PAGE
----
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Diagnostik und Therapie der Malaria
Diagnostik und Therapie der Malaria

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Published by: Prof Dr Dr Ernst Hanisch on Dec 31, 2007
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Vol 6 December 2006
Malaria in adolescence: burden of disease, consequences, andopportunities for intervention
David G Lalloo, Peju Olukoya, Piero Olliaro
The problem of malaria in adolescence has largely been overshadowed by the huge burden of disease in youngchildren. A substantial number of adolescents are at risk from malaria infection, but the burden of disease andconsequences of infection in this age-group have rarely been studied. Our understanding of specific risk factors andbeneficial interventions for adolescents is also limited. Data show that, from an adolescent viewpoint, malaria is acommon cause of clinical illness and a preventable cause of death, even in areas of stable malaria transmission. Younger adolescents might be at a higher risk than older adolescents, because of immunological and hormonalfactors. There are limited data about the adverse consequences of malaria in non-pregnant adolescents. However, inpregnant adolescents, the consequences of malaria are of great concern and simple interventions might lead to asubstantial benefit. Malaria infection in adolescents is an under-recognised problem, and the prevention, diagnosis,and treatment of malaria should have a high priority within adolescent health programmes.
Malaria is one of the most important infections in thetropics with an estimated 1 to 2·7 million deaths annually.
 The age-groups at highest risk are primarily determinedby the intensity of malarial transmission. Wheretransmission is intense, clinical disease is most commonin young children: immunity develops with increasingage and adults are far less affected. In areas of lowertransmission, clinical disease occurs throughout life.
 Although much has been learnt about the epidemiologyand clinical effects of malaria in children, malaria inadolescence has been relatively neglected. Approximately914 million adolescents (aged 10–19 years) live in low-income countries, and many of them will be exposed tomalaria, but this group has rarely been targeted formalaria control.
This review was undertaken to collateevidence and observations from different sources tobetter understand the burden and consequences of malaria in adolescents, and to identify relevantinterventions or opportunities for improved control.
To obtain data for this review, we searched the 26 Cochranesystematic reviews on malaria for data relevant toadolescents (up to December, 2005). The Cochraneclinical trial register was searched for trials by use of thekeywords “malaria” and “adolescence” in any field.Abstracts of these trials were examined to identifyinterventions relevant to adolescents. We also searchedthe English and French literature by use of PubMed(1966 to December, 2005) for articles containing thewords “malaria”, “adolescence or adolescents” (includingMeSH age-group subheadings) and the following MeSHheadings in any field: “epidemiology”, “clinical pattern”,“signs and symptoms”, “severe malaria”, “drug therapy”,“pregnancy”, “prophylaxis”, “knowledge”, “health careseeking behaviour”, “health promotion”, and “delivery of health care”. Searches were also done using “malaria andpractice guidelines”, “malaria and schoolchildren”, and“severe malaria and pathogenesis”. Abstracts of papersfrom the search were read to identify those likely tocontain information relevant to the aims of the review,and all identified papers were examined for data thatshould be included in the review. Publications were alsoidentified as a result of citation in papers unearthed bythe search. In addition to these searches, we estimatedmalarial mortality and morbidity in adolescents based oncountry reporting from the WHO Global Programme onEvidence database.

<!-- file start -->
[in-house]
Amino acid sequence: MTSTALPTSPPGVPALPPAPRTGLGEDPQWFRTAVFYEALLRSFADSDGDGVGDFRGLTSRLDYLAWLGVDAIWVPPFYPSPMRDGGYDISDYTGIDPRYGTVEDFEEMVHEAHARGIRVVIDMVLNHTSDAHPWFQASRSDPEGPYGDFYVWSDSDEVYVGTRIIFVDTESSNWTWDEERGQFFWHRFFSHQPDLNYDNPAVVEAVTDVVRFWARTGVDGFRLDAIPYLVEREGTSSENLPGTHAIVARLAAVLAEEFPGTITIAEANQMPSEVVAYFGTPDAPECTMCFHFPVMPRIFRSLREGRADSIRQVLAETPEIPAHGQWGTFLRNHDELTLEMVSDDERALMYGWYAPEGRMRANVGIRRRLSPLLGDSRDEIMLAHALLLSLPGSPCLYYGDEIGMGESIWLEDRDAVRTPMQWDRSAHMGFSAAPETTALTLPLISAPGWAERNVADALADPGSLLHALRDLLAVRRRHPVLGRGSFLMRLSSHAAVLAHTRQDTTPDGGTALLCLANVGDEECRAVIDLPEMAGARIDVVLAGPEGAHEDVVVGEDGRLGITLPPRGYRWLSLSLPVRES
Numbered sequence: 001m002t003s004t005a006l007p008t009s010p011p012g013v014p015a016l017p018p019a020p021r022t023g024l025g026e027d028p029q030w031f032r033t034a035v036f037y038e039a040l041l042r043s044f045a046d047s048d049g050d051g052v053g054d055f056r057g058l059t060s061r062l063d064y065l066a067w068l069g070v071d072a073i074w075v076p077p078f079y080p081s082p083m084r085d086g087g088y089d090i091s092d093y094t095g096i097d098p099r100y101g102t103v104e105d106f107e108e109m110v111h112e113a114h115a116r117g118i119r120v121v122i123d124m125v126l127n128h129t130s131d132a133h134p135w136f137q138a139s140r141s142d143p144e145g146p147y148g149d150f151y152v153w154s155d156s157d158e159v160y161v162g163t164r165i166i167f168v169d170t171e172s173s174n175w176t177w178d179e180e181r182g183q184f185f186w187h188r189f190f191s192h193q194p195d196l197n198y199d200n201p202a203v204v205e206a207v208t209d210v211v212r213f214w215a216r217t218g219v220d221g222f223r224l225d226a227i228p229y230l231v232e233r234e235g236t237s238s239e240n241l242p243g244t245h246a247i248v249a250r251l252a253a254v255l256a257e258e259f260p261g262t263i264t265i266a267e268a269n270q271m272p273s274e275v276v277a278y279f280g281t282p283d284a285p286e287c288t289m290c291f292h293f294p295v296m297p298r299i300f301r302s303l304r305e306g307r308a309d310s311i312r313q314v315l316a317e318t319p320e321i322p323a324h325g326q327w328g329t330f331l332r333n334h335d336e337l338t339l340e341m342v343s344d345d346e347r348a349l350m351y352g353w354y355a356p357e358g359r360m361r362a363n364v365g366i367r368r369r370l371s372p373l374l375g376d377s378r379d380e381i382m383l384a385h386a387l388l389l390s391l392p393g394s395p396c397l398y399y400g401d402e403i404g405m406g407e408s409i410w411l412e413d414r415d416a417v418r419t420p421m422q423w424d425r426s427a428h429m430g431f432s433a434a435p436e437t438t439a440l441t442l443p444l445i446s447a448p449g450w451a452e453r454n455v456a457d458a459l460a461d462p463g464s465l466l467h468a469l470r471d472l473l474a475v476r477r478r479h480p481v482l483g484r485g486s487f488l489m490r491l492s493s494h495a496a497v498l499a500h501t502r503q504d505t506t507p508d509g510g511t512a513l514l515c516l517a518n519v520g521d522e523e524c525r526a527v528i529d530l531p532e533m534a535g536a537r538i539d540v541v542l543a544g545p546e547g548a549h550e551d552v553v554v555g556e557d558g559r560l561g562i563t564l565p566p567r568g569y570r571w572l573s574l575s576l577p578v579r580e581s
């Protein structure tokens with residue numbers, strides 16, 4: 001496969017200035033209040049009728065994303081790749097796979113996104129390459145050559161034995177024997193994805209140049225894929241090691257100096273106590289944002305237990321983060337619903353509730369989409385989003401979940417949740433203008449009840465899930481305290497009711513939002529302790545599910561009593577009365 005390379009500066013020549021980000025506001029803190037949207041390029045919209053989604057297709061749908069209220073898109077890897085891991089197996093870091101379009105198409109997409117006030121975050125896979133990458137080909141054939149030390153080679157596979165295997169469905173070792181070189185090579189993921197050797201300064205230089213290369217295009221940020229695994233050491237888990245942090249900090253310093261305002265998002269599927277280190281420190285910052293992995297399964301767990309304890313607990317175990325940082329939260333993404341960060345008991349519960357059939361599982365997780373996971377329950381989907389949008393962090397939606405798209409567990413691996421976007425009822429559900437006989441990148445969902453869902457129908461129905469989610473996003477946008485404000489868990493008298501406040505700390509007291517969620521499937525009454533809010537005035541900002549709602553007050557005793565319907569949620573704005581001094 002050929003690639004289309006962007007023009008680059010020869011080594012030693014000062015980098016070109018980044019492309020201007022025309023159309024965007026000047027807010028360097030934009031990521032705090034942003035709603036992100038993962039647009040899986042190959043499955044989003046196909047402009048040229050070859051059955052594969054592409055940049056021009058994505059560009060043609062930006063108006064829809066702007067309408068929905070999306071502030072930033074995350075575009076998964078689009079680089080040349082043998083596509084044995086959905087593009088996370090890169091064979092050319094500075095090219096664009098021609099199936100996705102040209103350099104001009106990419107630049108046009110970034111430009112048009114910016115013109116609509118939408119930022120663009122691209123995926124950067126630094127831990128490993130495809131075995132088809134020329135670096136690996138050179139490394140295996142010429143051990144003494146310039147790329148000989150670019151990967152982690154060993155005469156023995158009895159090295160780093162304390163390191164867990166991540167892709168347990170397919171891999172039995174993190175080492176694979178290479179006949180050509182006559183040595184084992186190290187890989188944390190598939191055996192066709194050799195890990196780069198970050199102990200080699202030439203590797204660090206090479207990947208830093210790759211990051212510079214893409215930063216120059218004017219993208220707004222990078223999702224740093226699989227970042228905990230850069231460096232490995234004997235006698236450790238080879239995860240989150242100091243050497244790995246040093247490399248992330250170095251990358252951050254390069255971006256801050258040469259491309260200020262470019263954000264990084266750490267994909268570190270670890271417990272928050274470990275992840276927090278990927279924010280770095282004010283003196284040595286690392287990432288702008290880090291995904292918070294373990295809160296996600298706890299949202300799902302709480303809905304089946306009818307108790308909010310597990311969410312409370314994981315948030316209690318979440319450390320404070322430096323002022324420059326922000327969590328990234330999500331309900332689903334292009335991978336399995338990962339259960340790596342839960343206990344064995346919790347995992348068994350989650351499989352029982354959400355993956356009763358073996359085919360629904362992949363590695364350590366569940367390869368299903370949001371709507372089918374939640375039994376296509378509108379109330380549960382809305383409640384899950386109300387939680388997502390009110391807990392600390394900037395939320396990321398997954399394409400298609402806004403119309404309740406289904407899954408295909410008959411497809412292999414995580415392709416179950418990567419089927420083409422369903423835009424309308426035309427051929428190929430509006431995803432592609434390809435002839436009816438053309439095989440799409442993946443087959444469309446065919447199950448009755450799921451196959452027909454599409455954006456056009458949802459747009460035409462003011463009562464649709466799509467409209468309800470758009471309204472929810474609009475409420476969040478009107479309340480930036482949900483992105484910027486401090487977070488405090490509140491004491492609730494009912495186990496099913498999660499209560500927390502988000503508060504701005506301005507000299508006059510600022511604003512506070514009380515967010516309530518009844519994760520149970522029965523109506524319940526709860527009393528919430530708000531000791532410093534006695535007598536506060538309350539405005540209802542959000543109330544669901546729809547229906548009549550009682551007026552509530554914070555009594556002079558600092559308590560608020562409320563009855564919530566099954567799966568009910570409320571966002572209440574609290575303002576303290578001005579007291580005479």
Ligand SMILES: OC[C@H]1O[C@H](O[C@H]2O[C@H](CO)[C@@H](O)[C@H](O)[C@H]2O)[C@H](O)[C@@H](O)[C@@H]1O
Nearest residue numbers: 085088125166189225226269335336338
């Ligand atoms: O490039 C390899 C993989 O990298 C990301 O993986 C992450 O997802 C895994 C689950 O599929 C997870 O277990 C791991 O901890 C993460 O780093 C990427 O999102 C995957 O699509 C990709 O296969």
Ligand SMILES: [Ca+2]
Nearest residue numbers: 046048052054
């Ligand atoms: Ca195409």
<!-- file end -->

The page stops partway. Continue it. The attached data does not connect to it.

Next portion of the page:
Burden of disease in adolescents
Stable transmission areas
Clinical illness
Few studies have examined directly rates of clinical illnessin adolescents. Observations in younger children indicatethat, even within stable transmission areas, the intensityof transmission has a strong influence on the peak age of clinical illness (panel 1).
This is shown by a comparisonof two villages in Senegal with different transmissionrates (200
20 infective bites per year): clinical diseasewas rare in adolescence in the high-transmission area,but did occur in the area of stable but lower transmissionintensity (figure 1).
Published estimates of the incidenceof clinical disease in adolescents in stable areas of transmission vary from 0·13 to 1·18 attacks per year(table 1). Other studies show a wide variation in the
Lancet Infect Dis
2006; 6:780–93Liverpool School of TropicalMedicine, Liverpool, UK
 (D G Lalloo MD)
; Department of Child and Adolescent Healthand Development
(P Olukoya MD)
, and UNICEF/UNDP/World Bank/WHOSpecial Programme onResearch and Training inTropical Diseases
(P Olliaro MD)
,World Health Organization,Geneva, Switzerland; andCentre for Tropical Medicineand Vaccinology, University of Oxford, Churchill Hospital,Headington, Oxford, UK
(P Olliaro MD)Correspondence to:Dr David G Lalloo, LiverpoolSchool of Tropical Medicine,Pembroke Place, Liverpool,L3 5QA, UK
Panel 1:
Malaria epidemiology
Malaria can affect people at all ages.Malaria can be epidemic (unstable transmission) orendemic (stable transmission).Susceptibility to, severity of, and age distribution of malarial disease depend on acquisition of immunity andare strongly related to the intensity of transmission.As the intensity of transmission increases, people areexposed earlier in life and more frequently, partial immunitydevelops earlier, and risk of severe malaria declines.
Vol 6 December 2006
proportion of fevers attributable to malaria, from none inan intense transmission area of Tanzania, to 43·6% in theRepublic of the Congo.
 Despite limited direct data, age-specific burdens of disease in Africa have been estimated. Brooker andcolleagues
calculated the clinical malaria rate in Africanschoolchildren to be 0·252 attacks per year in10–20-year-olds compared with 0·692 attacks per year in5–9-year-olds. Another study used long-term rainfall andtemperature data and a geographic information systempopulation database to define the risk by age-group acrossareas of stable endemicity. The number of malaria attacks(estimated using these data and all available studies foradults and children) were 81·3 million in 0–4-year-olds,16·0 million in 5–9-year-olds, 13·4 million in10–14-year-olds, and 96·8 million in those older than15 years.